That means the game’s other option, arena quests are easy to ignore. I’d been putting them aside for a long time and it might be my biggest gaming regret of the year. Arena quests are tricky, and it turns out they’re just what I needed to breathe new life into Monster Hunter: World.
Arena quests pit you and up to one partner against different monsters and monster combinations, and if you’ve done event quests for special armours, you’re familiar with their additional twist. Instead of going in with whatever gear and items you want, you have to pick from a small assortment of available weapon sets. Each weapon is paired with mixed armour sets and different item loadouts.
I’ve played a lot of Monster Hunter: World, but the pace of my job means that I tend to focus on hunting the newest monsters and covering those updates, which keeps me away from the arena. That’s to say nothing of the dozens of other games I cover each month taking up my time.
This weekend, my friend wanted to get an armour that required currency earned through successful arena hunt. We embarked on a long string of quests, and I found myself experimenting with weapons and combat styles that I had completely dismissed as “not for me.” It was the most fun I’ve had with the game in months.
Take the hammer, for instance. I’ve seen people use it in a handful of hunts, but it’s never seemed a particularly popular weapon with hunters looking to hit something hard. That task usually falls to the greatsword, which is a mainstay of pretty much every group I join, unless the monster is particularly agile.
Hammer users are rare, so my grasp on what’s possible with a hammer was also a bit limited. When the area offered my a chance to use one—while also offering my hunting partner a chance to use the bow, a favourite weapon of hers—I embraced the opportunity to have a new hunting experience. I wasn’t disappointed.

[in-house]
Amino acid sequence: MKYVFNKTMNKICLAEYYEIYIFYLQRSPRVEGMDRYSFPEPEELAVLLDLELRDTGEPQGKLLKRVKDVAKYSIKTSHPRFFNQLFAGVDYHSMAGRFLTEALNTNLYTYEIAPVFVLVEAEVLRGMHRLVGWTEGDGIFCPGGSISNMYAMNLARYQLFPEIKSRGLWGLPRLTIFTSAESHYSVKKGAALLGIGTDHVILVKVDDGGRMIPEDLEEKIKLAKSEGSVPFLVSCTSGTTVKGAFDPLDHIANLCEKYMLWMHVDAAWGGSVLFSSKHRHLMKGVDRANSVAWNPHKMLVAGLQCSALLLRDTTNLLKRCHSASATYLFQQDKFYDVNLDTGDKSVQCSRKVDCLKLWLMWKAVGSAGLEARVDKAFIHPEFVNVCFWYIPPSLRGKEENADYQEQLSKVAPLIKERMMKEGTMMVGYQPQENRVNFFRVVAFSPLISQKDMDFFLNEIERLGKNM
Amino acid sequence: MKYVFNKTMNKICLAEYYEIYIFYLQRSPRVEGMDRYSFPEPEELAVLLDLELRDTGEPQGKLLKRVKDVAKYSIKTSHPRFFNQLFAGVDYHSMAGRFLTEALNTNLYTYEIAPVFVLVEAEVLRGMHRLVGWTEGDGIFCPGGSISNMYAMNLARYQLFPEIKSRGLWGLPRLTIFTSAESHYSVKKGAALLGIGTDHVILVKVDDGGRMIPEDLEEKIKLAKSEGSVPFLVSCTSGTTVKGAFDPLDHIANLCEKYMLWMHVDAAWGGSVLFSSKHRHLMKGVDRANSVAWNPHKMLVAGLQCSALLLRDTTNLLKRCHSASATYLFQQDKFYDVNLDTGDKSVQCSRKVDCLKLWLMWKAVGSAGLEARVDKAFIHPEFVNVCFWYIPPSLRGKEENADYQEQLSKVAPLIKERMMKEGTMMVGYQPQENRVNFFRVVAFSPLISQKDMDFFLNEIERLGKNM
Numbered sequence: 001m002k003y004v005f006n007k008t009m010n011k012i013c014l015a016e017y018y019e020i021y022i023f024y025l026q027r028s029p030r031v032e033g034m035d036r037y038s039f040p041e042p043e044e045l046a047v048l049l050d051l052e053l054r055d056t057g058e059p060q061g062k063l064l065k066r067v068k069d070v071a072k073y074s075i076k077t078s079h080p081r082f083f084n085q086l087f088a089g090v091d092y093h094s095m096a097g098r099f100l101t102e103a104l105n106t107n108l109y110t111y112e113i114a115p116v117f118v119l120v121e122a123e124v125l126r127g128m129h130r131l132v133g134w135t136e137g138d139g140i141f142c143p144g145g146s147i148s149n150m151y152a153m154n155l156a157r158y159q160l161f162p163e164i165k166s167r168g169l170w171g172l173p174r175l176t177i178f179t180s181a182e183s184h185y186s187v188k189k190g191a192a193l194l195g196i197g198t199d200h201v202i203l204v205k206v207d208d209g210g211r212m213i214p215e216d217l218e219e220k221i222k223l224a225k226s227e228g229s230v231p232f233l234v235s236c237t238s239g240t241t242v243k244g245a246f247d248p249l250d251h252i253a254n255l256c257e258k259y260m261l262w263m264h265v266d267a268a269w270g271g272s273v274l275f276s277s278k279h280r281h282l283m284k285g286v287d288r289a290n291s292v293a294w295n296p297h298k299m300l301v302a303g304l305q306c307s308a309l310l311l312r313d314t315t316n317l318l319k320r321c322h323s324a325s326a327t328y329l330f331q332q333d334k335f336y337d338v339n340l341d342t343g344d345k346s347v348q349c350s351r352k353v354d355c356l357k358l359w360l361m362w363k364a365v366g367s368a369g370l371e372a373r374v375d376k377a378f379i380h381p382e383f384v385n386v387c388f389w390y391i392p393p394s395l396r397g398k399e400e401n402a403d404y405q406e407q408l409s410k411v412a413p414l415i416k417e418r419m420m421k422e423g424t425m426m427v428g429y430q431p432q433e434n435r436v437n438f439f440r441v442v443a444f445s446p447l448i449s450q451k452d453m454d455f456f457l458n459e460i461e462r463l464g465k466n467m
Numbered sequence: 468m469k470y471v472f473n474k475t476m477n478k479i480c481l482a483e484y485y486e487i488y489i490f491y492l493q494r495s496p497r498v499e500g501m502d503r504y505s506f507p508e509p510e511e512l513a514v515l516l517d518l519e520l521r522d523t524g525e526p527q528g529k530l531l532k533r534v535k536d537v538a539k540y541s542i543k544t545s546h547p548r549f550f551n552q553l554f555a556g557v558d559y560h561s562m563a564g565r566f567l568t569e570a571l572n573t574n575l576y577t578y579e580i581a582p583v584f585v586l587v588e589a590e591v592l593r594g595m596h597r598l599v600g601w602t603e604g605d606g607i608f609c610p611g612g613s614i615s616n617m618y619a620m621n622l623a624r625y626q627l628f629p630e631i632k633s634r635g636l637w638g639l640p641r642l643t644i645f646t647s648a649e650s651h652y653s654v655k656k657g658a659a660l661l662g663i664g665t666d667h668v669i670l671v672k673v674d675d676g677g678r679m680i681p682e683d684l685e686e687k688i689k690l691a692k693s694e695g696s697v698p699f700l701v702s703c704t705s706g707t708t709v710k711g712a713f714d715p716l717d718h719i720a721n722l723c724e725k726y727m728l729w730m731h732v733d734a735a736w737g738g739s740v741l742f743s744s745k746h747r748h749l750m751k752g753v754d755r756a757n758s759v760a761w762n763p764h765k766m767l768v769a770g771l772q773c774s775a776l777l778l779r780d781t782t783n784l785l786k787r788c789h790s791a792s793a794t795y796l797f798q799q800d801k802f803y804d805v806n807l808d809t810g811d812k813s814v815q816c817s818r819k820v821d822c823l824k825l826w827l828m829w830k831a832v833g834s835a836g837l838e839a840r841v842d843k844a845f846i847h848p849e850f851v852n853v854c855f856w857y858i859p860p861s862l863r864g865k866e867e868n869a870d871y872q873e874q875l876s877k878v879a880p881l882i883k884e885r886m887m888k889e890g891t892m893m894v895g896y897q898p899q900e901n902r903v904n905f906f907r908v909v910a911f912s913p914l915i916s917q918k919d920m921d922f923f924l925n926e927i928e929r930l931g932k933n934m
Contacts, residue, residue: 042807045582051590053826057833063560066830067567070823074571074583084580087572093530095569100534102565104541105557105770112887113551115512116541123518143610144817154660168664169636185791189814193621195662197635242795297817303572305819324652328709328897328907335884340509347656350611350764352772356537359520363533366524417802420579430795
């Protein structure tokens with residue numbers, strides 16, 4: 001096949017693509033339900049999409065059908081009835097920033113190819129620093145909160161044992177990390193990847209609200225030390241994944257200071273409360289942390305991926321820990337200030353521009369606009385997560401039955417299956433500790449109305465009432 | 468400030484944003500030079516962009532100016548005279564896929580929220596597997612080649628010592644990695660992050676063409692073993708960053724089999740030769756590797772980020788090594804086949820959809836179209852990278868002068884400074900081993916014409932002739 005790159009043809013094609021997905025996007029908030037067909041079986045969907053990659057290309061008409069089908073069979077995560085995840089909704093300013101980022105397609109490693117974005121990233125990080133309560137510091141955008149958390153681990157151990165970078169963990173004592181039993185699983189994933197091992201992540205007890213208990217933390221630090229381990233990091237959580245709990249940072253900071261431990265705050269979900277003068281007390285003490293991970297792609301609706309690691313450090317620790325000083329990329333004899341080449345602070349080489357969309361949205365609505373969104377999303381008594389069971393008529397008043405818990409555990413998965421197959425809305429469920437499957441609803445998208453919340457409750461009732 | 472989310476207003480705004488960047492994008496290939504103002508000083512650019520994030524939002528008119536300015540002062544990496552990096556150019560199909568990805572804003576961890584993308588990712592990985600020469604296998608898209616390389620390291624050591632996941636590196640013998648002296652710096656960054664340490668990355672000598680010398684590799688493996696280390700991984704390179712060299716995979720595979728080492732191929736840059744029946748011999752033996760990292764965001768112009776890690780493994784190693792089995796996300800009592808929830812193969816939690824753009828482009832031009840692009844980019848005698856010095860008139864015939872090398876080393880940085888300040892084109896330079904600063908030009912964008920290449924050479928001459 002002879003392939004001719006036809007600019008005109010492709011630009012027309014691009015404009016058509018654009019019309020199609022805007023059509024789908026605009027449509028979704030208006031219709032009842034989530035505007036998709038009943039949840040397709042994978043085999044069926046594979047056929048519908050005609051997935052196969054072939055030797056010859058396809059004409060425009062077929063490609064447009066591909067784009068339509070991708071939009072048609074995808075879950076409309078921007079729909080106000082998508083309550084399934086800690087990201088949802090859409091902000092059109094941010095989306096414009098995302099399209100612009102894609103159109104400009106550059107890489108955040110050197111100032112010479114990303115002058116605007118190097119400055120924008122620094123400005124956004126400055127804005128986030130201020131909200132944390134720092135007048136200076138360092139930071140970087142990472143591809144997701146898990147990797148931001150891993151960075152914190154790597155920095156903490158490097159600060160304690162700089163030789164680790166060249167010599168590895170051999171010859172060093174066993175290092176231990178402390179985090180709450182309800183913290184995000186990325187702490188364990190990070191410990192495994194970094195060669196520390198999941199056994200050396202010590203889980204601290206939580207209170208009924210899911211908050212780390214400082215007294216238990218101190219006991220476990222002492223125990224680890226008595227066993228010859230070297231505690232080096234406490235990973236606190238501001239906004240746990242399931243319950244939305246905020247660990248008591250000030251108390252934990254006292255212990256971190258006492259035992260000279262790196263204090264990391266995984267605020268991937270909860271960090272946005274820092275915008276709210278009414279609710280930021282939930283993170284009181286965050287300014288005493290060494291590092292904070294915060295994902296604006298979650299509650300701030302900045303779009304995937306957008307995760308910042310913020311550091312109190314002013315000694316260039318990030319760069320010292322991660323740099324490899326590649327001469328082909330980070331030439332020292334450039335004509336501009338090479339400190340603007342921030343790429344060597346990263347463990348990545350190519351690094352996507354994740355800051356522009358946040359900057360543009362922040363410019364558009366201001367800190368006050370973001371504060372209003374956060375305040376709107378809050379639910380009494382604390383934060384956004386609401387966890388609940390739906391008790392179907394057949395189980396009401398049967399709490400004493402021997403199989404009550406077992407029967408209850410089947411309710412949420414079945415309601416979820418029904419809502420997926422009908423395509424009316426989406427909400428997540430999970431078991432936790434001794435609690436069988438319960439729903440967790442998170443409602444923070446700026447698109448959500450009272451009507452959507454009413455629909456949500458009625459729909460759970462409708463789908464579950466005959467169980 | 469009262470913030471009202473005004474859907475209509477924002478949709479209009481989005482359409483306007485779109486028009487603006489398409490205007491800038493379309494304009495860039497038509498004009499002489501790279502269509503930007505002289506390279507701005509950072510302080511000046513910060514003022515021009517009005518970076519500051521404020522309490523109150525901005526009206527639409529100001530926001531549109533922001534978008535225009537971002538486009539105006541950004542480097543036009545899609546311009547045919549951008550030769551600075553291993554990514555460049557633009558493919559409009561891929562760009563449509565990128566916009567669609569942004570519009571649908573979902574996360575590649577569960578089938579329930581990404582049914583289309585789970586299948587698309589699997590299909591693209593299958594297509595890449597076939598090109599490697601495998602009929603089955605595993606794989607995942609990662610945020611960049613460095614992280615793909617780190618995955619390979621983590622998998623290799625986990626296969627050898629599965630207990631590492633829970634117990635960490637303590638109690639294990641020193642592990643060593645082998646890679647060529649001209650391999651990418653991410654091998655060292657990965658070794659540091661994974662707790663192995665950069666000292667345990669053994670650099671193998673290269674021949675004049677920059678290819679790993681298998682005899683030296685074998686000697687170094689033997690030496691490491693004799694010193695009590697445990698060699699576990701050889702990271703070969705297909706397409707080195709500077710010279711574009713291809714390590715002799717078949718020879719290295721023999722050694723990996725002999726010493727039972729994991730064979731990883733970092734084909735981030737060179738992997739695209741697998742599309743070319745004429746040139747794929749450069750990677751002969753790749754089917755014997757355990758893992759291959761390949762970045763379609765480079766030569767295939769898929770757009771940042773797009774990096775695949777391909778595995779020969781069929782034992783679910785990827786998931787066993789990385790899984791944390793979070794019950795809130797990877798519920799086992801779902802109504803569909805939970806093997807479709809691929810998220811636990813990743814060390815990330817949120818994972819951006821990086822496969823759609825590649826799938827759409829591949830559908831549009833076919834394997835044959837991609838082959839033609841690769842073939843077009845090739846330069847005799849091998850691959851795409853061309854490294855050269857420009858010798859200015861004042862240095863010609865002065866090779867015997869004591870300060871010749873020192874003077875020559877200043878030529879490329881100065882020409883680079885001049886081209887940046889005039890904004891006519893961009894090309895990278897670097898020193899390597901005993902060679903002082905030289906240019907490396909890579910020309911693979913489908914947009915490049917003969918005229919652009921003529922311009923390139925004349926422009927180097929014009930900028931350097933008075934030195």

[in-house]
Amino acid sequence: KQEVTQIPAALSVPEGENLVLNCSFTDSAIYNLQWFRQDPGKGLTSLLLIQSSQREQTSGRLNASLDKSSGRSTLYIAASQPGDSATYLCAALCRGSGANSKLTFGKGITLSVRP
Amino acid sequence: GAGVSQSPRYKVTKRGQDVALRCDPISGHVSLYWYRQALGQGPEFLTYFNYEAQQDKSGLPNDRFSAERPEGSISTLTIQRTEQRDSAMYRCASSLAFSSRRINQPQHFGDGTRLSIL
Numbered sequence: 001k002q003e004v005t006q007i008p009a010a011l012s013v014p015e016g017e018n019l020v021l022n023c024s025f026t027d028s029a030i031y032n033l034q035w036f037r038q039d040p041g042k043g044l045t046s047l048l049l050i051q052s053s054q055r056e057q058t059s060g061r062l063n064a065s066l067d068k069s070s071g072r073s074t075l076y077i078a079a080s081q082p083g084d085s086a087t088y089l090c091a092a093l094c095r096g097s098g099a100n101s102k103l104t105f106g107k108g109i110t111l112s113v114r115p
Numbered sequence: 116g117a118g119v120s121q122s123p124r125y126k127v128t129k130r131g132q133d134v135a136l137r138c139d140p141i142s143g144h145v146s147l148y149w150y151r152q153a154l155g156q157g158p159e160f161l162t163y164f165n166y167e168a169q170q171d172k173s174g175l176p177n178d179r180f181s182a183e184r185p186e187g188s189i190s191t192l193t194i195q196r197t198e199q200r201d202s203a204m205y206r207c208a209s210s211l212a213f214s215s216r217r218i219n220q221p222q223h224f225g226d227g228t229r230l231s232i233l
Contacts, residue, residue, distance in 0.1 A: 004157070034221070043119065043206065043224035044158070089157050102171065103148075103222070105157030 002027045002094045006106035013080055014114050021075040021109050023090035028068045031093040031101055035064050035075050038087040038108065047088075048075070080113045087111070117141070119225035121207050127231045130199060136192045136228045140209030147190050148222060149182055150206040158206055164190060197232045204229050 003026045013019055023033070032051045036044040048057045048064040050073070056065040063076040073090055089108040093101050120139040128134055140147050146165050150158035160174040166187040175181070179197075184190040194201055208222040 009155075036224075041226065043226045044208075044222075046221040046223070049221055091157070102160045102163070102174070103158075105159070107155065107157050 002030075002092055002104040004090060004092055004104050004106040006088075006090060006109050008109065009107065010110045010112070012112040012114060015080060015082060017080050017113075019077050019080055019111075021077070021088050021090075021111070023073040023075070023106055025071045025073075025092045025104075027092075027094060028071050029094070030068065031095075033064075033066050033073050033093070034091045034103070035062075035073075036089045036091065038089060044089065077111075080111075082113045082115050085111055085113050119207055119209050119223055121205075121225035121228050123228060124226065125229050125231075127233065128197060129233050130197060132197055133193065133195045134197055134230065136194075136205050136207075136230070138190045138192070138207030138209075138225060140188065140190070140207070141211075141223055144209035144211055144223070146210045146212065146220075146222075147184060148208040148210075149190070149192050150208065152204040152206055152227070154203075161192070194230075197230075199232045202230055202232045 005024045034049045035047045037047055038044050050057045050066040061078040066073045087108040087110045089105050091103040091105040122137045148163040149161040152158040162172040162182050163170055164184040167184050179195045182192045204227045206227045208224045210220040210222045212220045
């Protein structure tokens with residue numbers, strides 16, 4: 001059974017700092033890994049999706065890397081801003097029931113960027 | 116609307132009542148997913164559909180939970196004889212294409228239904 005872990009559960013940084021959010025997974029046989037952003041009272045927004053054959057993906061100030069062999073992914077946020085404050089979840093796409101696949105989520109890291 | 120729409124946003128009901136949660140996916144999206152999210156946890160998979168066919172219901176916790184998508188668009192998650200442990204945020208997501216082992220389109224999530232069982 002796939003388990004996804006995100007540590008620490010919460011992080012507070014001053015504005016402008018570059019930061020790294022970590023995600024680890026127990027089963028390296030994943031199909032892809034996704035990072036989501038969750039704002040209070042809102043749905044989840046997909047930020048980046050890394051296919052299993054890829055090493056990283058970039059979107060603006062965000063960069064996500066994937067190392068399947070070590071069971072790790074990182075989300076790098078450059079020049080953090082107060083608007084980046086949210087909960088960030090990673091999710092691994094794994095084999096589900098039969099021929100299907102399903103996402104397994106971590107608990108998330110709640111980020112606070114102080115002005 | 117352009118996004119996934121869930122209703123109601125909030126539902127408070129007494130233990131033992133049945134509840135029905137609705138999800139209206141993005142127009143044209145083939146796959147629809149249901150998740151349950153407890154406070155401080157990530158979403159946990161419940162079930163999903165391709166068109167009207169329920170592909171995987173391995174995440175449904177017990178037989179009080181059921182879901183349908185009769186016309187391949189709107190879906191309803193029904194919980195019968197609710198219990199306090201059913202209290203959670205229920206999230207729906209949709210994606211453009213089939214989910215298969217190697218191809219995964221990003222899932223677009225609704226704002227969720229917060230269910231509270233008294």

The hammer is brutal weapon that excels at staggering and knocking down monsters so long as you smack them in the head. It’s an extremely unrefined weapon compared to the twin blades and switch axes that I’m used to; with this weapon, you just run up, start hammering, and don’t stop until the monster is taken care of.
This was a welcome chance of pace that I might not have considered if my options weren’t limited. And because I enjoyed it so much, I might even try using it on a few normal hunts now.
Monster Hunter: World becomes more familiar and less mysterious the more you play it.
Its grand jungles and frontiers lose some of their magic as your personal experience mounts. The game has added plenty of monsters, from the difficult pickle-dino Deviljho to the complex and mechanics-heavy Behemoth, but I often feel like I have outpaced the varieties that the game’s content has to offer at this point. Arena fights have offered some fresh surprises to a game that was growing stale in spite of how much I love it.
The arena offers enough variables and potential changes that it revitalizes the Monster Hunter: World experience, particularly if you’re like me and have mostly ignored it. Instead of heading out for your 40th Kushala Daora hunt, you might want to consider changing the pace with a random area fight and equally random weapon choice. You might just find a new favourite.